... read more

Topics: Lenvatinib (67%), Sorafenib (57%), Hepatocellular carcinoma (50%)

1,749 Citations

Journal ArticleDOI: 10.1056/NEJM199604113341502
Abstract: Background Drugs that inhibit angiotensin-converting enzyme slow the progression of renal insufficiency in patients with diabetic nephropathy. Whether these drugs have a similar action in patients with other renal diseases is not known. We conducted a study to determine the effect of the angiotensin-converting–enzyme inhibitor benazepril on the progression of renal insufficiency in patients with various underlying renal diseases. Methods In a three-year trial involving 583 patients with renal insufficiency caused by various disorders, 300 patients received benazepril and 283 received placebo. The underlying diseases included glomerulopathies (in 192 patients), interstitial nephritis (in 105), nephrosclerosis (in 97), polycystic kidney disease (in 64), diabetic nephropathy (in 21), and miscellaneous or unknown disorders (in 104). The severity of renal insufficiency was classified according to the base-line creatinine clearance: 227 patients had mild insufficiency (creatinine clearance, 46 to 60 ml per minu...

... read more

Topics: Benazepril (65%), Renal function (59%), ACE inhibitor (55%) ... read more

1,613 Citations

Open accessJournal ArticleDOI: 10.1016/J.CCR.2005.09.005
01 Oct 2005-Cancer Cell
Abstract: Function-blocking antibodies to VEGF receptors R1 and R2 were used to probe their roles in controlling angiogenesis in a mouse model of pancreatic islet carcinogenesis. Inhibition of VEGFR2 but not VEGFR1 markedly disrupted angiogenic switching, persistent angiogenesis, and initial tumor growth. In late-stage tumors, phenotypic resistance to VEGFR2 blockade emerged, as tumors regrew during treatment after an initial period of growth suppression. This resistance to VEGF blockade involves reactivation of tumor angiogenesis, independent of VEGF and associated with hypoxia-mediated induction of other proangiogenic factors, including members of the FGF family. These other proangiogenic signals are functionally implicated in the revascularization and regrowth of tumors in the evasion phase, as FGF blockade impairs progression in the face of VEGF inhibition.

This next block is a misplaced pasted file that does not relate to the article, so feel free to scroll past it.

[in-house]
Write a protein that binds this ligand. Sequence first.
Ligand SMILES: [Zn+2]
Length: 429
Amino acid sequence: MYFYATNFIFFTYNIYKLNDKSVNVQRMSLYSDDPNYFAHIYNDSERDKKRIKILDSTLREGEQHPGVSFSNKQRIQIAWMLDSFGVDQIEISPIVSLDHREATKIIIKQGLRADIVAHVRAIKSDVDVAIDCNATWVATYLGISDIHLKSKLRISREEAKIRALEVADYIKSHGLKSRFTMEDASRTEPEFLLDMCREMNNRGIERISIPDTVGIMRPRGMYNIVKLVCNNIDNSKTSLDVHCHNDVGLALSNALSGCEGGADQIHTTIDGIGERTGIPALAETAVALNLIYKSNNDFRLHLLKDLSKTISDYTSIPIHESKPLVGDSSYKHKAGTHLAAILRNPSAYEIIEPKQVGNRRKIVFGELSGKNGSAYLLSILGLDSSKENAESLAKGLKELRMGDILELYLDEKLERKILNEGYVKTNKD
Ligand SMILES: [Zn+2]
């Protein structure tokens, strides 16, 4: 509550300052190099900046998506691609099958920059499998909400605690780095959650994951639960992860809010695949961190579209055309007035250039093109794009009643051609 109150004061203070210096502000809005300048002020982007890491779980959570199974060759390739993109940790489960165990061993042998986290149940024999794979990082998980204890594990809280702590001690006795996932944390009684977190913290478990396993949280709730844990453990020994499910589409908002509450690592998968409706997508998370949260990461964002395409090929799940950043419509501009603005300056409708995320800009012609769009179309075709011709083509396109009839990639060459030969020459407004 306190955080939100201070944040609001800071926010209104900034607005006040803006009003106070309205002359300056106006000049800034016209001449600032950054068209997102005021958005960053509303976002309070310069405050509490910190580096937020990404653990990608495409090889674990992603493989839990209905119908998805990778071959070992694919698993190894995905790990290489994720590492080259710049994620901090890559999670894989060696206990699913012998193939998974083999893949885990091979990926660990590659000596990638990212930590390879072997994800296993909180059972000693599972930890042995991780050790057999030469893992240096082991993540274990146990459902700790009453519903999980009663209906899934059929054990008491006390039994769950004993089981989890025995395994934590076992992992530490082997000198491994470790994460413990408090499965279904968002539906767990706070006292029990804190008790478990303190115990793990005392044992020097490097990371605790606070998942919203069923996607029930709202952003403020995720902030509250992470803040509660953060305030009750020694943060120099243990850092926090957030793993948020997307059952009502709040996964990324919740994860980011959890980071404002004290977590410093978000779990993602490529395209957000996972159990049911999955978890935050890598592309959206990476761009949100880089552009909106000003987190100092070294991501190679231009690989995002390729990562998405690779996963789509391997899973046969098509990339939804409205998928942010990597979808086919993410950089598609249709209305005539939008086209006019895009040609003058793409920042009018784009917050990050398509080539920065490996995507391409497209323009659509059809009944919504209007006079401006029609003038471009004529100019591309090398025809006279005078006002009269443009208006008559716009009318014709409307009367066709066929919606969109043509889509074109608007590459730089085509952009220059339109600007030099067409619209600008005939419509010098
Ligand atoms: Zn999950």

... read more

Topics: Angiogenesis (56%), Fibroblast growth factor (52%), Blockade (52%) ... read more

1,483 Citations

Open accessJournal ArticleDOI: 10.1007/S12072-017-9799-9
Masao Omata1, Ann-Lii Cheng2, Norihiro Kokudo1, Masatoshi Kudo3  +17 moreInstitutions (14)
Abstract: There is great geographical variation in the distribution of hepatocellular carcinoma (HCC), with the majority of all cases worldwide found in the Asia–Pacific region, where HCC is one of the leading public health problems. Since the “Toward Revision of the Asian Pacific Association for the Study of the Liver (APASL) HCC Guidelines” meeting held at the 25th annual conference of the APASL in Tokyo, the newest guidelines for the treatment of HCC published by the APASL has been discussed. This latest guidelines recommend evidence-based management of HCC and are considered suitable for universal use in the Asia–Pacific region, which has a diversity of medical environments.

... read more

895 Citations